Leicester City Council plans to put the charge up by 1.5 per cent, equating to an average increase of £1.11 a week
Rent is set to increase for people living in council houses in the city despite the pandemic continuing to squeeze the finances of low-income households.
Leicester City Council plans to put the charge up by 1.5 per cent – equating to a £1.11 a week average increase for its tenants.
Housing bosses at the council say that even with the rise, council rents will remain around 50 per cent lower than in the private housing market.
A three-bed council home rents for an average of £88 a week while the average weekly price for private property is £169, according to a council report.
They added that 60 per cent of council tenants will not be affected due to them being in receipt of housing benefit or universal credit.
But some councillors were uneasy about backing the plans even though bosses say it will allow the council to balance its housing budget and commit to further investment in new and current stock.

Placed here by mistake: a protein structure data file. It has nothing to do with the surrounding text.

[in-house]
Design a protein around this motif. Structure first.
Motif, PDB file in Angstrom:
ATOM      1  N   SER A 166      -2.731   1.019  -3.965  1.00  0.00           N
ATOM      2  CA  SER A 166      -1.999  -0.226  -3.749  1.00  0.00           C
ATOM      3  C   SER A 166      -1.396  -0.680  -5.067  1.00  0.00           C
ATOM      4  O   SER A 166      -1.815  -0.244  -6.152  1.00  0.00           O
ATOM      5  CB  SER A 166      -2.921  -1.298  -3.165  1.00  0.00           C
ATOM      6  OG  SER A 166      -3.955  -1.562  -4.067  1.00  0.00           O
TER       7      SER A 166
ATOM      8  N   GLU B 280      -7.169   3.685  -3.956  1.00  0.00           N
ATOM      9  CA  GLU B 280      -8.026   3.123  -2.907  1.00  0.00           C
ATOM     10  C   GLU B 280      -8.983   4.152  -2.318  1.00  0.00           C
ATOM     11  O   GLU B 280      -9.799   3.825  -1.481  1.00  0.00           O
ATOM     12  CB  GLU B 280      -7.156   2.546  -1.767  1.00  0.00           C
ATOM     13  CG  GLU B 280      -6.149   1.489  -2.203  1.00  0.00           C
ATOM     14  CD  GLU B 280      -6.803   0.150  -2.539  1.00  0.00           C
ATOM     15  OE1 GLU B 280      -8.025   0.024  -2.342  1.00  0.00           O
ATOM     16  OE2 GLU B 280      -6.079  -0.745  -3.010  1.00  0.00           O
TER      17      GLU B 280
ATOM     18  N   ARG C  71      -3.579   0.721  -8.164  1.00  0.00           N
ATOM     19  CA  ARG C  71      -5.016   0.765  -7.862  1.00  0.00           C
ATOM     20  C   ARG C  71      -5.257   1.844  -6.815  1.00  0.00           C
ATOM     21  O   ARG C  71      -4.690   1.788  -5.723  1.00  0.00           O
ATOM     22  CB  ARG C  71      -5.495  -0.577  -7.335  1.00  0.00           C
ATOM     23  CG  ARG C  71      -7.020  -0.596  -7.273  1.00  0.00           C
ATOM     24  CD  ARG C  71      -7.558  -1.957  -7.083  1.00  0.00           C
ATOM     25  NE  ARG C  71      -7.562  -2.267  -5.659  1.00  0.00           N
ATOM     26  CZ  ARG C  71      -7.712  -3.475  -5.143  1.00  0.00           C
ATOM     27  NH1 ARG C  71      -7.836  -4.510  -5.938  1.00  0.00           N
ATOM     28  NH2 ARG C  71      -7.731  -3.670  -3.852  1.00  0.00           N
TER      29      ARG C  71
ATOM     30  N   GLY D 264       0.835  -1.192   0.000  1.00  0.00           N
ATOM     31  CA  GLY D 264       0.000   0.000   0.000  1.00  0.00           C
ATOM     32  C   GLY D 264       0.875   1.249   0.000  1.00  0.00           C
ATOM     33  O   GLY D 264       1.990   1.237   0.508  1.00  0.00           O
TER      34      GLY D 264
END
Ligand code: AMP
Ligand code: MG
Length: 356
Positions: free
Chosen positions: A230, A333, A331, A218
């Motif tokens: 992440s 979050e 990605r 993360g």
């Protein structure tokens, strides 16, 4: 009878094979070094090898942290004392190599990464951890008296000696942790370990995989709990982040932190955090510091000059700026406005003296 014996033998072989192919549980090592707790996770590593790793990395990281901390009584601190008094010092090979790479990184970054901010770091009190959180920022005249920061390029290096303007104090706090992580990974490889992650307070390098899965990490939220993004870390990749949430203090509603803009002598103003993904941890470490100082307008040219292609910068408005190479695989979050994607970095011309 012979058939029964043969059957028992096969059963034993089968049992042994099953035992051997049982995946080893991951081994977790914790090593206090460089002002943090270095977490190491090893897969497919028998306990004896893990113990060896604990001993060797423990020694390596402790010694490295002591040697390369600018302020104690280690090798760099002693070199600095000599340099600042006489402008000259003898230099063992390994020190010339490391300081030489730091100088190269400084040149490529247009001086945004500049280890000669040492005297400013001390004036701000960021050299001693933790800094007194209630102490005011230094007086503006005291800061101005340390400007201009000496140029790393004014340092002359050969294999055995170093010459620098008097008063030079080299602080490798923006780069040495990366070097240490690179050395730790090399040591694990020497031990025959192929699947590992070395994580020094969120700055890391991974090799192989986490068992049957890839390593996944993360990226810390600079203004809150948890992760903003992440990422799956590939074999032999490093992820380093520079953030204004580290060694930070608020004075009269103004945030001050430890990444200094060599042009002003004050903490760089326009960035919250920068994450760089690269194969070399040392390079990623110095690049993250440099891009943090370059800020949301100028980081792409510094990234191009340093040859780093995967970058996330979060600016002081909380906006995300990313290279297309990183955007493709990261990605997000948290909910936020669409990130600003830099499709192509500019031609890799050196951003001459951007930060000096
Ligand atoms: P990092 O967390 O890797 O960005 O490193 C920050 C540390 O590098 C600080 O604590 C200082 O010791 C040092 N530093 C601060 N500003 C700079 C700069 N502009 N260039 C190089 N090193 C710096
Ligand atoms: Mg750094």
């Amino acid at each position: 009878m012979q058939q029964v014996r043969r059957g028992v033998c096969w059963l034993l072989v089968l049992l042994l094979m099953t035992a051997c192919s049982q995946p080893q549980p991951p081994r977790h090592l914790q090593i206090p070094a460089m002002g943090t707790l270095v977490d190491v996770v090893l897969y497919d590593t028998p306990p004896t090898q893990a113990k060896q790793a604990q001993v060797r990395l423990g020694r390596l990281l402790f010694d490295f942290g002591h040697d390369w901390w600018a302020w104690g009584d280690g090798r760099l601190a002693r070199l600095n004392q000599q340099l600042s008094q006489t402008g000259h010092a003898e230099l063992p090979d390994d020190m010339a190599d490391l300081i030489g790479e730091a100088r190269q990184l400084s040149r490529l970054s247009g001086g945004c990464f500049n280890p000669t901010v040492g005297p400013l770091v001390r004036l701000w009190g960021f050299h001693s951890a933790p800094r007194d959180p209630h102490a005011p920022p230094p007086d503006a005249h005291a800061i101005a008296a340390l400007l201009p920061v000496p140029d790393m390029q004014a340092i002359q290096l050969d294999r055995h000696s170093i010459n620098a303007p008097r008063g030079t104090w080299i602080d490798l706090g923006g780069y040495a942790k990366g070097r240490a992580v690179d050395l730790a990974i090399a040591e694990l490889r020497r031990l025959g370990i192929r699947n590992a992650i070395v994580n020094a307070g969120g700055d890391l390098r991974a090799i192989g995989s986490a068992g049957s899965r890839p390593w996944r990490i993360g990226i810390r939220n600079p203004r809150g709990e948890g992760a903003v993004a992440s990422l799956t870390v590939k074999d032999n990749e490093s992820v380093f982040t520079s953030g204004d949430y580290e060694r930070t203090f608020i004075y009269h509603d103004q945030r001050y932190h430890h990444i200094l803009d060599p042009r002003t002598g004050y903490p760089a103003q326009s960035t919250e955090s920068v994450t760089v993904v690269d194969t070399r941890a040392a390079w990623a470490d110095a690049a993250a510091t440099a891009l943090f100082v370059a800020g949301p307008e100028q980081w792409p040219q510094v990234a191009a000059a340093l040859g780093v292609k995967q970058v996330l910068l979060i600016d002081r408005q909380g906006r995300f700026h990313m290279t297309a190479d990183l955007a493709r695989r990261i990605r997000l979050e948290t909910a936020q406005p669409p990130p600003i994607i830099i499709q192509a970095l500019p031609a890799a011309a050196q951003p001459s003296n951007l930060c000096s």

Director of housing, Chris Burgin, told a meeting of the housing scrutiny commission: We are proposing to only increase core rents by 1.5 per cent and the service charge by 2 per cent. Leicester’s council house rents continue to be extremely low being up to 50 per cent cheaper than private rents in Leicester.
I would also like to remind the commission that the council has been legally bound for the past four years to reduce rent by 1 per cent each year while also having to manage ongoing pressures, he said. This increase will help address a number of budget pressures this year, the main pressures we face include the ongoing right to buy stock loss and rental income loss as a result of that and inflationary pressures.
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